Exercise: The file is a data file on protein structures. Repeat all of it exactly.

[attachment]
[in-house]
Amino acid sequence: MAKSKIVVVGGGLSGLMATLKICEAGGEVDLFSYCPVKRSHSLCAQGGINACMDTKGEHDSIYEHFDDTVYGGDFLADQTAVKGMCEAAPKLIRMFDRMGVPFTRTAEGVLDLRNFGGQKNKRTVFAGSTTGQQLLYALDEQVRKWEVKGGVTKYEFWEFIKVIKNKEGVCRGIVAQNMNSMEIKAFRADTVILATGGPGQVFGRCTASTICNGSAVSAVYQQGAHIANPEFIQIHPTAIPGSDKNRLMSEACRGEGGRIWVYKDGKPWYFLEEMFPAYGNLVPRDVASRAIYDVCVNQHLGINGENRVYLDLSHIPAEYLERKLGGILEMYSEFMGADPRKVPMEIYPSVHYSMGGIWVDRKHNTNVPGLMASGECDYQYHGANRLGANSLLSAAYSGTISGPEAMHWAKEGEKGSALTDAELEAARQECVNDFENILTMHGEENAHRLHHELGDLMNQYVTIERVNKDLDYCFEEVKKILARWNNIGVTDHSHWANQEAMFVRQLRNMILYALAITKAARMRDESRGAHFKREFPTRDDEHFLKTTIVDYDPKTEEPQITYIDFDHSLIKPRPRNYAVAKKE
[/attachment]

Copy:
[in-house]
Amino acid sequence: MAKSKIVVVGGGLSGLMATLKICEAGGEVDLFSYCPVKRSHSLCAQGGINACMDTKGEHDSIYEHFDDTVYGGDFLADQTAVKGMCEAAPKLIRMFDRMGVPFTRTAEGVLDLRNFGGQKNKRTVFAGSTTGQQLLYALDEQVRKWEVKGGVTKYEFWEFIKVIKNKEGVCRGIVAQNMNSMEIKAFRADTVILATGGPGQVFGRCTASTICNGSAVSAVYQQGAHIANPEFIQIHPTAIPGSDKNRLMSEACRGEGGRIWVYKDGKPWYFLEEMFPAYGNLVPRDVASRAIYDVCVNQHLGINGENRVYLDLSHIPAEYLERKLGGILEMYSEFMGADPRKVPMEIYPSVHYSMGGIWVDRKHNTNVPGLMASGECDYQYHGANRLGANSLLSAAYSGTISGPEAMHWAKEGEKGSALTDAELEAARQECVNDFENILTMHGEENAHRLHHELGDLMNQYVTIERVNKDLDYCFEEVKKILARWNNIGVTDHSHWANQEAMFVRQLRNMILYALAITKAARMRDESRGAHFKREFPTRDDEHFLKTTIVDYDPKTEEPQITYIDFDHSLIKPRPRNYAVAKKE